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Phila delphia > The Joy of God's Salvation by Charles G. Finney from "The Oberlin Evangelist"

The Oberlin Evangelist

Lecture V
The Joy of God's Salvation

Charles G. Finney

Charles G. Finney

A Voice from the Philadelphian Church Age

  Wisdom is Justified

by Charles Grandison Finney

Public Domain Text
Reformatted by Katie Stewart

from "The Oberlin Evangelist"
April 13, 1849

Lecture V.

by the Rev. C. G. Finney

Text.--Psa. 51:12: "Restore unto me the joy of thy salvation."

In speaking from these words, I shall,

I. Show what the Psalmist prayed for.

II. Why he prayed for it.

III. The essential elements of such a prayer.

IV. What is implied in offering such a prayer acceptably.

I. Our first enquiry respects the elements which enter into the Christian's joy, or in other words, the joy of God's salvation.

It is pertinent to observe here that there are elements in this joy which belong not to the holy joy of beings who have never sinned. The saved sinner has some forms of joy that the unfallen angel has not and can not have. From this I do not infer that the sinful, when saved, are more happy than the sinless who have never needed salvation. I only say that the joy of each has elements in it which are unlike those of the other, and this every one must see who enters at all into the peculiar circumstances and state of mind of each class.

The words of our text are found in what is called David's penitential psalm. This psalm, as the caption states and as the scope sufficiently shows, was written with reference to David's great sin in the matter of Bathsheba and Uriah. It may have been written at the very time of his being rebuked by Nathan, and of his becoming penitent, as the caption of the psalm would seem to indicate; or if written sometime, more or less, afterwards, it was evidently in recollection of those scenes; so that we must regard these circumstances as being the occasion of the prayer in our text.

Our question now is--What are the principal ingredients or elements of this state of mind?

This love of complacency is a state of the sensibility as opposed to any action of the will. It consists substantially in emotions of pleasure and delight in God and in his ways and works, and differs essentially from the love of benevolence. It is one of the elements of a forgiven sinner's joy.

II. Why should this blessing be sought in prayer?

On the other hand, a single joyous-hearted Christian is a priceless blessing in a family. To have one such Christian in each household who should be so full of the joys of God's salvation that he could not help speaking it out on all fit occasions--this would be like planting a well-spring of water in every acre of earth's desert sands. How soon would the wilderness rejoice and blossom as the rose! How often has one such Christian set a whole community on fire with desire to get rid of their darkness and come forth into God's glorious light!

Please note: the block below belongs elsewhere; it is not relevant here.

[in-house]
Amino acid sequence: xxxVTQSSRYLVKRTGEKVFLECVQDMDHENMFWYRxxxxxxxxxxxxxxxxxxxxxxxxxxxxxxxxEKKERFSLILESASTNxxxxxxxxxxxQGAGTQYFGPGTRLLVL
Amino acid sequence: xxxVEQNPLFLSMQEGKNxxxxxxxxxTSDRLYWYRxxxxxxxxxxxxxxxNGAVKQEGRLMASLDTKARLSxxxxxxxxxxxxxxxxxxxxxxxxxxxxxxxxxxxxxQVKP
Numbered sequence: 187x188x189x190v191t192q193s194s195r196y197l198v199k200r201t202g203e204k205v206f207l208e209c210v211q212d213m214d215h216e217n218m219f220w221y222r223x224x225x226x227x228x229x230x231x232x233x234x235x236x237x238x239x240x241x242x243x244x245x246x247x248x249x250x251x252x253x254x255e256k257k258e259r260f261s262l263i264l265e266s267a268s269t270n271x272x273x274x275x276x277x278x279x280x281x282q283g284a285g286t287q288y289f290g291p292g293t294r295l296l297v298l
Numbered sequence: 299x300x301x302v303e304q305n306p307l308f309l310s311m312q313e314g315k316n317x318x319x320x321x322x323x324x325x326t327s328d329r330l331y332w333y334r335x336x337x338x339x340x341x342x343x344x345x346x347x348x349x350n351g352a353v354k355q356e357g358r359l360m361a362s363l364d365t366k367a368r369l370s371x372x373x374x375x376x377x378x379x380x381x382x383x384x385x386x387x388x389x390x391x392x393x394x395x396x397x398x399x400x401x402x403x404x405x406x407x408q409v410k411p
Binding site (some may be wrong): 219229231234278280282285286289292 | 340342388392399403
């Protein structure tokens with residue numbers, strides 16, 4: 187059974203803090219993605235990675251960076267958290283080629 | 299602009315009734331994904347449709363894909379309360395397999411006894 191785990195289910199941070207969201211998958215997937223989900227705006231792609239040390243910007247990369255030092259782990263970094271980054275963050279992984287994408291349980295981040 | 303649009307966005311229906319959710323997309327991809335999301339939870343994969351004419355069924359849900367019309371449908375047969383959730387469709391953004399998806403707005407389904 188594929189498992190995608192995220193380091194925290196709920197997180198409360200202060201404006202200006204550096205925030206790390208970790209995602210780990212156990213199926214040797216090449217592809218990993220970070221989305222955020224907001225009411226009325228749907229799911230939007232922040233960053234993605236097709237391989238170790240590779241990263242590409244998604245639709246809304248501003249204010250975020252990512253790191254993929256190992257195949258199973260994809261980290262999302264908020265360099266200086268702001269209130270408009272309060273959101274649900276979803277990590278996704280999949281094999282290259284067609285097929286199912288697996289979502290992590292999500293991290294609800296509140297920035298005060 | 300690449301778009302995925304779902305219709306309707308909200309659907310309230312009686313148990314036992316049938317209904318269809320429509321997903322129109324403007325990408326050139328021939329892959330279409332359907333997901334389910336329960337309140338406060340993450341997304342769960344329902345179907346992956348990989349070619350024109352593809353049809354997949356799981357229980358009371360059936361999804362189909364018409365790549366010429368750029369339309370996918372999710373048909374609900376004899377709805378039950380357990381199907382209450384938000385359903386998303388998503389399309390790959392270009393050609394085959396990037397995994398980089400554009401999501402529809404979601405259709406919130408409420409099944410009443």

Sinners know that their own joy is a mean affair. Hence, when they see the Christian's joy, they can not help contrasting it with their own, and the result can scarcely fail of revealing to them their own wretched state.

These struggles of the sinner for joy are indeed altogether selfish. My prayers at the time alluded to were so; but yet they were useful, for they served to enforce conviction of the value of religion and of the worthlessness of everything short of it. The Psalmist understood the value of Christian joy. "Restore unto me," said he, "the joy of they salvation; then will I teach transgressors thy ways, and sinners shall be converted unto thee." He knew this would make a powerful impression on their minds, for good.

In saying this I would not be understood to imply that Christians never have trials and sorrows; they will have them doubtless; but even in these very trials and sorrows, how precious will be the joys of God's salvation to their souls!

Especially is this joy of God's salvation indispensable to one who preaches the gospel! A man might preach something without it; but not the gospel. He might deliver moral essays, or might contend valiantly for his polemic creed; but as for preaching the vital matters of salvation, how can he if he knows nothing about them by experience? He needs such faith as brings peace; such communion of soul with God as necessarily brings joy of heart. And this is something more than being penitent; of course something more than being merely pious. The Psalmist knew that he was penitent, and yet he knew also that he needed something more. God had not yet revealed the light of his own face. Hence, when he had confessed and humbled himself before God, it still remained that he should pray--"Restore unto me the joy of thy salvation." David had known well what it was to be full of joy before God. He had danced for joy with all his might before the ark of the Lord, and often we find him preparing songs of joy and praise; but now, alas, his harp is silent and all unstrung! He has sinned grievously against God; a thick cloud has come over his soul; and though he has confessed, yet still he has occasion to pray--"Restore unto me the joy of thy salvation." Why does he want these joys? Because without them he can not reach transgressors to any good purpose. What Christian does not know how to sympathize with David in this state of mind? Who has not known experimentally the state of those who have sinned, confessed, but still have the greatest occasion to ask God to restore to them the lost joys of His salvation? The soul cries out--"Lord, how can I live, shut out in darkness from thee? O, if thou canst, wilt thou not reveal thy reconciled face and restore again those lost joys of thy salvation?"